An inaugural racial equity analysis of 22 Minnesota cities and counties showed some progress in diversifying workplaces, leadership and community investments, but also shows much more work is needed.

For example, 90% of the government entities had appointed team members to work on diversity, equity and inclusion efforts. But only 71% budgeted funds to accompany the work and just 59% had elevated the responsibility of diversity and equity goals to the leadership ranks of their city.

The Center for Economic Inclusion's new Racial Equity Dividends Index for the Public Sector marked the first time the center offered its surveys and analytical data to city and county partners so they could accurately assess racial equity policies and practices and outcomes at the city level.

"Minnesota cities and counties are changing," said Tawanna Black, founder and chief executive of the Center for Economic Inclusion (CEI). "We know that inclusive economic growth is important to cities and counties across the state — we also know that they are the key to breaking down systems that have historically and intentionally kept wealth from Black and brown people."

CEI evaluated the 22 participating cities on 11 key areas including leadership, workforce development, economic development and public safety.

The index found mixed results.

Seventeen of the jurisdictions scored above 67 on at least one of 11 racial equity measures. But none of the cities scored well on culture, retention and advancement; supplier diversity; or human services. Cities showed problems with affordable housing and higher mortgage denial rates for Black and brown people, Black told city leaders.

Kevin McKinnon, deputy commissioner of the Minnesota Department of Employment and Economic Development, told the government leaders he hoped they would use "this important report" to help move the needle from awareness to action and accountability so that more Black and brown Minnesotans can more fairly participate in the state's economic successes.

"Everyone of us in government know the importance of measurement and accountability," McKinnon said, while encouraging city leaders to use the CEI data to find and change imbedded policies that may prove harmful.

The report report found 25% of government staffers and 35% of new hires were people of color; 90% of employees of color were paid enough to support their families; and eight of the 22 local governments took steps to eliminate barriers that hurt suppliers of color.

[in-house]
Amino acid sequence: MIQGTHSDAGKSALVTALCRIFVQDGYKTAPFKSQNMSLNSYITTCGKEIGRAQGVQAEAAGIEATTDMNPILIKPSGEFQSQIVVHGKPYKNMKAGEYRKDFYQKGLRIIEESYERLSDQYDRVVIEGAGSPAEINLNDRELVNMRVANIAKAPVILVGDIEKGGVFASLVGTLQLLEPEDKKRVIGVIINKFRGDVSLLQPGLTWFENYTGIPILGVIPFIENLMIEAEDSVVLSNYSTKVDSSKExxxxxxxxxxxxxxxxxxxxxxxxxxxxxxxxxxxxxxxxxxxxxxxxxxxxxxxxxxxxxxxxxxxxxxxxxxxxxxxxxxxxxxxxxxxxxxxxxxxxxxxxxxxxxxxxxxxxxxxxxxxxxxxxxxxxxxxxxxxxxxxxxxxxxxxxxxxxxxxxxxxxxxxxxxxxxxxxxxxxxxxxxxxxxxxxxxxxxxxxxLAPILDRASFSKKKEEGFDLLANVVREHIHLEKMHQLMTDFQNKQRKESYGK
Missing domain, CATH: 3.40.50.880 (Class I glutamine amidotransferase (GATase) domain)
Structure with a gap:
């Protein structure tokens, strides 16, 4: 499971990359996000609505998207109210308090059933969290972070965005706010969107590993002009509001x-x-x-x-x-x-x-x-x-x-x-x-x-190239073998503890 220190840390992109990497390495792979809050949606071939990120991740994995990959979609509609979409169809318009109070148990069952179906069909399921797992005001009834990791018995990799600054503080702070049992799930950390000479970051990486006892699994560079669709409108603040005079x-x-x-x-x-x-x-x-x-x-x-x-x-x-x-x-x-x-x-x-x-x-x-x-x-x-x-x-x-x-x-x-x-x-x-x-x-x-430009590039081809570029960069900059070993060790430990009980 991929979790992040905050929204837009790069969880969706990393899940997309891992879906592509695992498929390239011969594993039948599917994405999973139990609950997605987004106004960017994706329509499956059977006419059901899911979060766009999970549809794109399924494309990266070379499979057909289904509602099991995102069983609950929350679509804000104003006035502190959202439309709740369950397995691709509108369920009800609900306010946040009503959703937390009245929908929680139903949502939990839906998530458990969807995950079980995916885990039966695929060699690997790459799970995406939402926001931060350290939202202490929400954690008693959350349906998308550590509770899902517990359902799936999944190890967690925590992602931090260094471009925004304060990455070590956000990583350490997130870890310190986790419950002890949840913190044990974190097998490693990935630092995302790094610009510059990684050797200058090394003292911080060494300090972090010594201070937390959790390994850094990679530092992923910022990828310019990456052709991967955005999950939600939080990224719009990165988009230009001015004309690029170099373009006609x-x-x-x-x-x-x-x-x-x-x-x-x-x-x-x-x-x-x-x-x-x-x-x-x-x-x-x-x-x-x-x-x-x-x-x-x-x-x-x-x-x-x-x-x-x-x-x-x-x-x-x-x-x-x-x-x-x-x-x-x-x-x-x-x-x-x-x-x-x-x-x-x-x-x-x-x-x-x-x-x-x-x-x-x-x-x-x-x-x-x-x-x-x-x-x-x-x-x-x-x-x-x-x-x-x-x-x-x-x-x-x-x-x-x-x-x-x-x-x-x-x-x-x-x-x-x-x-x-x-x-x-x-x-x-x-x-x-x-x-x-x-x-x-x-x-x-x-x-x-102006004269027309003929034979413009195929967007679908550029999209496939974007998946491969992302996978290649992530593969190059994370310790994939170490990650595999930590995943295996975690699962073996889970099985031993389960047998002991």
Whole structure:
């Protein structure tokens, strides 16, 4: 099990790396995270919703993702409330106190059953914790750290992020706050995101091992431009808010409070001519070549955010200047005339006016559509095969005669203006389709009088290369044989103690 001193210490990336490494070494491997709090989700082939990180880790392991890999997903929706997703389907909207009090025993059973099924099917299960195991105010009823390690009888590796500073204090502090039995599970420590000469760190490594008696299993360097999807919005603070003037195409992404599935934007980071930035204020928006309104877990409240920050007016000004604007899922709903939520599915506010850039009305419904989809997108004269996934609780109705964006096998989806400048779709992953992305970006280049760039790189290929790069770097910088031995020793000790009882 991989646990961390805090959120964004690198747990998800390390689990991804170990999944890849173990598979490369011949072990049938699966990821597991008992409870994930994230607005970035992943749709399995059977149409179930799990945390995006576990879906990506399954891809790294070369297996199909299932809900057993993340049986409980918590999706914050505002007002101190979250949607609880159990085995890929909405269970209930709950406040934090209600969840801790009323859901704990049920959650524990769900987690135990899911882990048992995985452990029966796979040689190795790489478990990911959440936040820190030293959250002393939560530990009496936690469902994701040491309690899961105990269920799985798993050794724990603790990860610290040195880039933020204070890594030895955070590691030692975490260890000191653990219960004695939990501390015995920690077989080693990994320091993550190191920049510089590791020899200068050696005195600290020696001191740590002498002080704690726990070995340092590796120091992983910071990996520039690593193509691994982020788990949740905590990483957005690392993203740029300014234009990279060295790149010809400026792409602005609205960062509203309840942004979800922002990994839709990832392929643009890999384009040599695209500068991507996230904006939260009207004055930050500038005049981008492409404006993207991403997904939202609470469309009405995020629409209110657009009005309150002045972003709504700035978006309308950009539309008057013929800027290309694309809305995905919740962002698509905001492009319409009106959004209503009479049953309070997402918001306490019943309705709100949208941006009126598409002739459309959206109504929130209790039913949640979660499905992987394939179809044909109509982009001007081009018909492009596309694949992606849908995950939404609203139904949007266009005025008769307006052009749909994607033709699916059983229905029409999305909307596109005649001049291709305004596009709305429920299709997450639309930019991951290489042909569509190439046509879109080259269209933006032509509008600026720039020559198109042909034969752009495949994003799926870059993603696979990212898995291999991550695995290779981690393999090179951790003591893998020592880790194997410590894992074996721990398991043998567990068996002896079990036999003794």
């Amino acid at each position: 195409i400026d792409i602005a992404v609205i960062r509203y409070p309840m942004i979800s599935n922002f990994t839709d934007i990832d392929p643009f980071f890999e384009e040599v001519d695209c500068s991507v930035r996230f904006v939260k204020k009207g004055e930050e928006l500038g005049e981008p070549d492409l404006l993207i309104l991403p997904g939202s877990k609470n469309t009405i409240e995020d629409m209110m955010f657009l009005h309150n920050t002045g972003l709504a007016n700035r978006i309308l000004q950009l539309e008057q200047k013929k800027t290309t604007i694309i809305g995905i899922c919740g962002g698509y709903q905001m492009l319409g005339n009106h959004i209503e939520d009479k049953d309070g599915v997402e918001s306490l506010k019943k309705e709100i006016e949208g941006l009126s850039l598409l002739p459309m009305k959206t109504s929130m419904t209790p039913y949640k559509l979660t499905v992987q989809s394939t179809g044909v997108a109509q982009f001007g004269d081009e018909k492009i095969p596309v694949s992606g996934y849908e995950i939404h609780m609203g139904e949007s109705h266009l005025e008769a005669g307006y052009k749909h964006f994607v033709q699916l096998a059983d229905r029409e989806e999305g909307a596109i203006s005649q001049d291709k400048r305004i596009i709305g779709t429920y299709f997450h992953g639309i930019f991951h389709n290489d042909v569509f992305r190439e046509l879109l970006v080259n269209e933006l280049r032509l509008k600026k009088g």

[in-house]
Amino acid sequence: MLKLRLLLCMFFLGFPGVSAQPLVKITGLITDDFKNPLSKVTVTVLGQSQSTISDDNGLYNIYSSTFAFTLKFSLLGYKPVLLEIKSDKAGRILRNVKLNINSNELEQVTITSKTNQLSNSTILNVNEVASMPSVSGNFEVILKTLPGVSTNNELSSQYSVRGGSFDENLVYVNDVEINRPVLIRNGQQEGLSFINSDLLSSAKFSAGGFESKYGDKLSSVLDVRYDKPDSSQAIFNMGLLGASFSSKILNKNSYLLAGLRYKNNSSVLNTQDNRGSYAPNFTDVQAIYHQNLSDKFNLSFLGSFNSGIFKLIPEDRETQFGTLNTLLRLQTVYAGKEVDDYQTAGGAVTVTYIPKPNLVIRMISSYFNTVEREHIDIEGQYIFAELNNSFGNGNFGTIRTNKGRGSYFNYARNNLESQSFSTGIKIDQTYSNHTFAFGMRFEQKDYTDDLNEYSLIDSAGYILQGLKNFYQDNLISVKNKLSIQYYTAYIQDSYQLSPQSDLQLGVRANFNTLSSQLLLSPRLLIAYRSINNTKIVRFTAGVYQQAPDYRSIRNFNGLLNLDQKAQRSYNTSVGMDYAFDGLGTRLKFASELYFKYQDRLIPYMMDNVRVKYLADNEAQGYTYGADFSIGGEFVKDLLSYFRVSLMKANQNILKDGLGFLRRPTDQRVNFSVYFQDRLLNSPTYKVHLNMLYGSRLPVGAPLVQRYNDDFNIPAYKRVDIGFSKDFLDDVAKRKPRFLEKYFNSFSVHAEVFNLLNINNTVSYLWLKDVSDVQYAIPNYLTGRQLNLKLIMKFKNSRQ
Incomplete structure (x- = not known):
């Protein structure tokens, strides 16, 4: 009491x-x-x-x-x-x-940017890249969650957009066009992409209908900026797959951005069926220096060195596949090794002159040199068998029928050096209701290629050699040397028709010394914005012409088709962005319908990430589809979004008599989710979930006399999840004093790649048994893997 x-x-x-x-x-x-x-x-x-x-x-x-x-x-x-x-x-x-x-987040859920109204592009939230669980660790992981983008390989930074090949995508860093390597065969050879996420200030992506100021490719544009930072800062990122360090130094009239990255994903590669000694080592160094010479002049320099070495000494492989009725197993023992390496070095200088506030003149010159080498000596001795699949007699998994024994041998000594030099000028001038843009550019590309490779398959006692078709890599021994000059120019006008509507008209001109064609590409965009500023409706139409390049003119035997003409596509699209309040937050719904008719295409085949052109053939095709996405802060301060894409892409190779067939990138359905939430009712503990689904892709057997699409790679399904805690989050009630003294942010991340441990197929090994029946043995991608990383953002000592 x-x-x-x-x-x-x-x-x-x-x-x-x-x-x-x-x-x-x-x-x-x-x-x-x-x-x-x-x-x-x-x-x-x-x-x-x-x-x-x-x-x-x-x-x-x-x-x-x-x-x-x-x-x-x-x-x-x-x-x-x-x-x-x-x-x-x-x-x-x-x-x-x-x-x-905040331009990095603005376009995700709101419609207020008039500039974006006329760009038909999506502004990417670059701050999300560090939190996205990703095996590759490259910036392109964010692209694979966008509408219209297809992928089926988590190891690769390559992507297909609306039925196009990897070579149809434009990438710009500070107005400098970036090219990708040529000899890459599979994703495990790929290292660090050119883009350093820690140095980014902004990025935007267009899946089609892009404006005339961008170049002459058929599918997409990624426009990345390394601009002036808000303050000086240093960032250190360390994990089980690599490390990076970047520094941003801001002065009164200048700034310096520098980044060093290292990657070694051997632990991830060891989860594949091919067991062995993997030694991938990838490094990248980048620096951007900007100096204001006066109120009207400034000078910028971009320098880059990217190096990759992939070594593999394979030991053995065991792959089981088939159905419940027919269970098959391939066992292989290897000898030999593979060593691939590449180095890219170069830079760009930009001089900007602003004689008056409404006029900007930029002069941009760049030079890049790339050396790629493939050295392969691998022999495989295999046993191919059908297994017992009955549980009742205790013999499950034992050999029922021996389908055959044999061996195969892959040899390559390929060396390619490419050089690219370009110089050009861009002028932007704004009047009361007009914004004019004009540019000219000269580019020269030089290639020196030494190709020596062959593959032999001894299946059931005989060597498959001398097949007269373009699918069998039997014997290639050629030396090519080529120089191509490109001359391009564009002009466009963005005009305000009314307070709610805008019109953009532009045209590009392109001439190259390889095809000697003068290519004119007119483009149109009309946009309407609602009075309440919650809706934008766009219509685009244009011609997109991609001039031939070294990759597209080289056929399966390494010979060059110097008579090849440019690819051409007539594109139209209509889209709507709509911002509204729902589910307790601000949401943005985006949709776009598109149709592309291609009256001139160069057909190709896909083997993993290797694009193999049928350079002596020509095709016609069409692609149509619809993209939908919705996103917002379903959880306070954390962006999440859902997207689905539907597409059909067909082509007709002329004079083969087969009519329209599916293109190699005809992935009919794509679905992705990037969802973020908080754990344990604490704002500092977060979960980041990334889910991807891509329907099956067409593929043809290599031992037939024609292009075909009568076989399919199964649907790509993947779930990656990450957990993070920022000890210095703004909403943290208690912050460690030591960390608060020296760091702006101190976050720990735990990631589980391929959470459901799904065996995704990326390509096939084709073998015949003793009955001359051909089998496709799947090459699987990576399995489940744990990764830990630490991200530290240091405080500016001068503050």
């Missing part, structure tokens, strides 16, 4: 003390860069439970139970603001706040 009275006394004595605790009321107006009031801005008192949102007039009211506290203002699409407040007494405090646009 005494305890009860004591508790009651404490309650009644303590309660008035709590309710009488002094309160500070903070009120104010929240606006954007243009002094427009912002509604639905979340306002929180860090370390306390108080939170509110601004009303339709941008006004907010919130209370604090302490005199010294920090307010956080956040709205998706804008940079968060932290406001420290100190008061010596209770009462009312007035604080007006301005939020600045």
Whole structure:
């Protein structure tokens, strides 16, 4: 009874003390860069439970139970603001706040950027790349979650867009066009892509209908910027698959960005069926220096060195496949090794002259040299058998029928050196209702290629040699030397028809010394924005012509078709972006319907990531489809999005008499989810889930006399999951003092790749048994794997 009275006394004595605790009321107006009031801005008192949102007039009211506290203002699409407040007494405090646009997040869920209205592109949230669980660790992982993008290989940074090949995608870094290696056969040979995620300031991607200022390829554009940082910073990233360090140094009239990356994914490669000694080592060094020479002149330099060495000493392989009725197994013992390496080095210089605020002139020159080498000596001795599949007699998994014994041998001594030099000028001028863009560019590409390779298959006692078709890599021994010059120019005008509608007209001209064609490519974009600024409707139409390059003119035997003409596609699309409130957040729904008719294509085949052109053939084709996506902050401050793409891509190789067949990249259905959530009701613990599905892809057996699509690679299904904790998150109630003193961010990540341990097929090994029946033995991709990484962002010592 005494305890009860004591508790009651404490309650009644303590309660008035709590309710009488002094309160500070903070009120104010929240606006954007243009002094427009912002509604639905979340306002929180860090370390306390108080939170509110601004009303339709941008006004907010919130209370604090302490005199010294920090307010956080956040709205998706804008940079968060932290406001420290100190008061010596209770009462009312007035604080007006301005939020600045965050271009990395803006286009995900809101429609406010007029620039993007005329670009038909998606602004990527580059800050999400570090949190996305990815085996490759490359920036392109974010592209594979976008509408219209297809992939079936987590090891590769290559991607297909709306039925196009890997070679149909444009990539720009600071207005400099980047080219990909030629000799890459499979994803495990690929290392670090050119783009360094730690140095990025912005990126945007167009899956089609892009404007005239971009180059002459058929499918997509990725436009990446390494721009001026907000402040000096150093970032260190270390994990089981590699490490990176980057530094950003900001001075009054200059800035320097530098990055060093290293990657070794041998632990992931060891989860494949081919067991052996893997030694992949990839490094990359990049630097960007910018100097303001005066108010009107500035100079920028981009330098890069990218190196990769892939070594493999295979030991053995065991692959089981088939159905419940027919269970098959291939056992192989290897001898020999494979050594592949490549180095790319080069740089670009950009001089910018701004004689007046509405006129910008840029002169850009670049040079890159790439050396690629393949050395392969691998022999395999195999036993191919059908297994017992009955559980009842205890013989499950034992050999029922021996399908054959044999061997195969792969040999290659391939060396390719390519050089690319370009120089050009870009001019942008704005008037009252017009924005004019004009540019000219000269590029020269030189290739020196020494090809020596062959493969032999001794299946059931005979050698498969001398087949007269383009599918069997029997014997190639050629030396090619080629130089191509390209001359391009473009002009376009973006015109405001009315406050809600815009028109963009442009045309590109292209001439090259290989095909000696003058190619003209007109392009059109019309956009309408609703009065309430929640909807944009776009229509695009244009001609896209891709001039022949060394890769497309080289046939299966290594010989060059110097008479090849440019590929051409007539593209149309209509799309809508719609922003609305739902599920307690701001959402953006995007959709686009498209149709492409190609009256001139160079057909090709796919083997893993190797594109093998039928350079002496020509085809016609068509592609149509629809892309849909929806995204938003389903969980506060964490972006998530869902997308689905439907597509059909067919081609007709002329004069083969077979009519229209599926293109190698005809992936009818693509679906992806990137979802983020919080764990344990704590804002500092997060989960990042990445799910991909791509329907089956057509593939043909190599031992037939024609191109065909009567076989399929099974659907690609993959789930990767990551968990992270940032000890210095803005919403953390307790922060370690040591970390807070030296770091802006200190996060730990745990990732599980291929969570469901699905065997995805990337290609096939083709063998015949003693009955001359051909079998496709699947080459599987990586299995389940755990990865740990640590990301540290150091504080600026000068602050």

"Leadership matters," Jeff Aguy, founder and CEO of the 2043 SBC economic development firm, told the crowd assembled Wednesday.

The CEI index is just one of many efforts that surfaced to eliminate racial disparities in hiring, pay, promotions and suppliers following the 2020 murder of George Floyd and subsequent civil unrest.

Last year, CEI launched its corporate racial equity dividends index after partnering with and evaluating 44 corporations including 3M, Target, Best Buy and U.S. Bank. Now the attention turning to the public sector to see if surveys, data and case studies from peer jurisdictions will help city leaders identify and tear down inequities in pay, housing, policies around land use and more.

The 22 participating cities and counties — which employ 27,000 and provide services to 1.9 million Minnesotans — voluntarily submitted surveys and data for CEI to score. Scores averaged 29 out of 100, suggesting more work was needed to erase "gaping" economic racial disparities, Black and state leaders said Wednesday.

Bloomington, Minnetonka, the Metropolitan Council and Olmsted County scored high on several measures of the CEI's first public sector Racial Equity Dividends Index.

Results, released early Wednesday before mayors, state and city officials at Hamline University, also showed Minnetonka's racial equity standards scored well on workforce development practices and on policies dealing with housing, transportation and land use.

Ramsey County also scored well on housing, transportation and land-use policies.

"Local governments' investments in racial equity strategies are evident and the impacts are being felt across the state," Black said. But she acknowledged there were "many opportunities for progress."

For example, local governments generally employed Black, Indigenous, Hispanic and Asian individuals at every level of their organization, but representation in senior leadership posts failed to match the racial diversity of the community or state, the report said, noting that larger cities tended to have more racially diverse staffs.

The index also found that just 41% of participating municipalities had clear standards for how employees could get promoted. Most cities didn't measure employee pay by race, or survey their workers about the adequacy of their job training or leadership development needs, the report found.

The index noted that less than 1% of the local governments hired businesses owned by Latino, Black, Indigenous and Asian-American suppliers. At the same time, other types of support was issued to small businesses owned by people of color, the report found.

The report revealed other contradictions. Researchers found 68% of local governments identified racial equity as "a public policy priority," yet only 5% used a racial equity analytical tool to measure how they were doing.